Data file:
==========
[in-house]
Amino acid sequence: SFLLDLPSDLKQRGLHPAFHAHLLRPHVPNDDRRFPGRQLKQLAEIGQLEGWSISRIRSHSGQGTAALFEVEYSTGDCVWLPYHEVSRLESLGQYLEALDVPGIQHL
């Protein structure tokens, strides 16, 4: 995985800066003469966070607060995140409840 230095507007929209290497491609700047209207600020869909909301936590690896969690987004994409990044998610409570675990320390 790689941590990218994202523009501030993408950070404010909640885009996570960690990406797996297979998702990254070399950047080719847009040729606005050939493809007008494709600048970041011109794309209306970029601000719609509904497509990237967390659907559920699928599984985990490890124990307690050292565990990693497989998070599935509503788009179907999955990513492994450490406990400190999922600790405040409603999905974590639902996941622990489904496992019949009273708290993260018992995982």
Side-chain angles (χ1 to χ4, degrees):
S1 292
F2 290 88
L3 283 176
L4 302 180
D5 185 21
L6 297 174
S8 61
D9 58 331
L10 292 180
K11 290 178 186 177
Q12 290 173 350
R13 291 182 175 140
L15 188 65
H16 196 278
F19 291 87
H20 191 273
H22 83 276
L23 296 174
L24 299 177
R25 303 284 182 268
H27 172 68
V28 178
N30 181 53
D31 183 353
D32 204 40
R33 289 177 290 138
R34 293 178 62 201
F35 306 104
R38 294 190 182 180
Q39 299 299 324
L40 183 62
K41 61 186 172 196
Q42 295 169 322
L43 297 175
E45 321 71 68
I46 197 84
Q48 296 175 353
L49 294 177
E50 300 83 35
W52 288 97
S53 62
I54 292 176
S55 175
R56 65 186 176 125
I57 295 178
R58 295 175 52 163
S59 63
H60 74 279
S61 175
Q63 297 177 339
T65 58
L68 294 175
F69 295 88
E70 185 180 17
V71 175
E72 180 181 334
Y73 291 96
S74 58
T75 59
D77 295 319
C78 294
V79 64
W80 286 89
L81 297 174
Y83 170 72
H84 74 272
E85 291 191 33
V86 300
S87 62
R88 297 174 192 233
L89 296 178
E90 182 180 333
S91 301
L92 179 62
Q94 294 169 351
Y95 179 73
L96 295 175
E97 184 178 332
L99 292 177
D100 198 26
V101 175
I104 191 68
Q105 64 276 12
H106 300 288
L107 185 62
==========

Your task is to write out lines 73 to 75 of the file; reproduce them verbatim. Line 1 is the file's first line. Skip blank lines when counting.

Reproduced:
S87 62
R88 297 174 192 233
L89 296 178